Insuring a car might be about to get a lot more expensive, with an increase in car crashes and more expensive high-tech vehicles being blamed for a hike in premiums.
Mr John Lucas, a motor insurance expert at the Insurance Council of New Zealand, said increased accident numbers and higher repair prices are behind the increase.
IAG, which accounts for half the insurance market through its brands such as State, NZI and AMI, said there were more cars on the road, particularly in congested cities like Auckland, which had led to more crashes, reported Radio NZ.
"The greater density means more accidents," IAG National Portfolio Manager Private Motor Judith Harvey said.
A larger proportion of newer cars on the roads has also pushed up the costs of fixing damaged vehicles. Because of new technology such as anti-crash sensors, replacing bumpers and wing mirrors in new cars could cost five or even 10 times more than for older, simpler models.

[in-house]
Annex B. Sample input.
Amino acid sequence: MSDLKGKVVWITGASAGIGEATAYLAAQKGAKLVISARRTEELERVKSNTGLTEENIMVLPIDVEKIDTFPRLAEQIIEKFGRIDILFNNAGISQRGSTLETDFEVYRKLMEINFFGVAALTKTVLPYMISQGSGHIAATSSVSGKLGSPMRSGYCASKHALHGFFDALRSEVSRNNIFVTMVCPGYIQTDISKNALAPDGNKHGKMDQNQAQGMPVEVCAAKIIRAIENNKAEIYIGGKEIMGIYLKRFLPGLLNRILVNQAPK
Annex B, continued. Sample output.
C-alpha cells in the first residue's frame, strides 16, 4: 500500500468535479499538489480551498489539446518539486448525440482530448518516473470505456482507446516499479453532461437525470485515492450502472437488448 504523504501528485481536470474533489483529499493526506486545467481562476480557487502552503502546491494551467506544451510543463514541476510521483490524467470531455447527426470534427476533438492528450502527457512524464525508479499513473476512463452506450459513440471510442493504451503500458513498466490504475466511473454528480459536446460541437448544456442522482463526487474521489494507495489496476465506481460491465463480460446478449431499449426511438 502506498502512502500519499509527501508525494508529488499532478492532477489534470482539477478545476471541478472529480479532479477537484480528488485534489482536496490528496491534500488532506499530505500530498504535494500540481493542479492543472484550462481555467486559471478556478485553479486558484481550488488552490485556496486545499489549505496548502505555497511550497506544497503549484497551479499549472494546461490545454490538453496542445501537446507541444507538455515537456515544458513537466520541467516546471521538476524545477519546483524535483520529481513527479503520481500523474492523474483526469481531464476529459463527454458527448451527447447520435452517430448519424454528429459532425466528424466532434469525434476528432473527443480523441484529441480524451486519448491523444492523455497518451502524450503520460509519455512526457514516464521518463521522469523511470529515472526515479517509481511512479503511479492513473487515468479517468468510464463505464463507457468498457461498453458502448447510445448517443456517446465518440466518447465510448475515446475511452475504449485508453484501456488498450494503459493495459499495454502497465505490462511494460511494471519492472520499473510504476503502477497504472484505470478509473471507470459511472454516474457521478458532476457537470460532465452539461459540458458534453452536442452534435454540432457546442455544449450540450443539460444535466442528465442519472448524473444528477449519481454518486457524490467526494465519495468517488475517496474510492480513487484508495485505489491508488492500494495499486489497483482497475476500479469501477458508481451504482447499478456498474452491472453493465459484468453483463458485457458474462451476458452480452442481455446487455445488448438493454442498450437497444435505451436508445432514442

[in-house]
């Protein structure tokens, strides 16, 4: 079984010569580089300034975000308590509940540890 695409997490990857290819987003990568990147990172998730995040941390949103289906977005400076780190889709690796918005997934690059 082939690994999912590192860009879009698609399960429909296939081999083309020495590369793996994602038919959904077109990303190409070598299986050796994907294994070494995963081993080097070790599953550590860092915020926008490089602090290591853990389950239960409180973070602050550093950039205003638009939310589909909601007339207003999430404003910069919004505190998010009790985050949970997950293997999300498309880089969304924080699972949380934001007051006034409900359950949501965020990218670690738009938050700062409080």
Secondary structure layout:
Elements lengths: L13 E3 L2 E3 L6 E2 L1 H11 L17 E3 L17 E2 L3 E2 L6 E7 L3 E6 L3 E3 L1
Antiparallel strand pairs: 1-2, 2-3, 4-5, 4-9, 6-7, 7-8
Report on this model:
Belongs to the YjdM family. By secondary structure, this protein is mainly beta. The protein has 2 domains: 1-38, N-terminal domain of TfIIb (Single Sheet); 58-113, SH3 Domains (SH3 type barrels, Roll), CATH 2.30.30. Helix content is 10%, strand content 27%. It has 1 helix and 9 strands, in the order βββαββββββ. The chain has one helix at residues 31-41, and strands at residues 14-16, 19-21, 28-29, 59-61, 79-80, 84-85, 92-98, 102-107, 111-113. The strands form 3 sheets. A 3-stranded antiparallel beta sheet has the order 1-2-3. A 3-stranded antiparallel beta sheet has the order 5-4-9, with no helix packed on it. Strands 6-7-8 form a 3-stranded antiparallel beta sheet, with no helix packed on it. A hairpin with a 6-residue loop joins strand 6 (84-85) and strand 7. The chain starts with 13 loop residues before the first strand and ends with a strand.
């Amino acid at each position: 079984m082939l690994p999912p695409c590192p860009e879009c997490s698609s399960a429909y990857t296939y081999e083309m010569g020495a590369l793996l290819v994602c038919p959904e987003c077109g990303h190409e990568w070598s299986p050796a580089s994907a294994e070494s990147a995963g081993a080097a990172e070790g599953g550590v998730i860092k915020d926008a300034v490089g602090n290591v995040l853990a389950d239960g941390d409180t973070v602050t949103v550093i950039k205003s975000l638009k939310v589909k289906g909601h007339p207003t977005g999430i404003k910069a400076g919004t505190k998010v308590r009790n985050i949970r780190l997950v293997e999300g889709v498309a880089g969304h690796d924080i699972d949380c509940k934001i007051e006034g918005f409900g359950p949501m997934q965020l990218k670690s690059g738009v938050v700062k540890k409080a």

Insurers say they have no choice but to keep hiking premiums.
"As technology keeps on developing in vehicles, premiums will have to continue to go up because they will become more expensive to repair," Ms Harvey said.
Some fear it might persuade people to forgo insurance.
"I think it's inevitable that people with cheaper cars are simply going to say I can't afford this, so they'll take the risk for themselves," motor safety campaigner Clive Matthew-Wilson said.
Mr Matthew-Wilson said these people should be smart and have third-party insurance so if they hit a Rolls Royce or a Mercedes they did not end up going bankrupt.
Industry figures show total premiums for commercial and private vehicles rose 5.1% to NZ$1.6 billion (US$1.15 billion) in the year to September 2016, compared with the previous year. Earnings fell 4.6% to $NZ1.38 billion over the same period, while claims remained flat at NZ$1 billion. That pushed the loss ratio up to 74% from 70% in the previous year.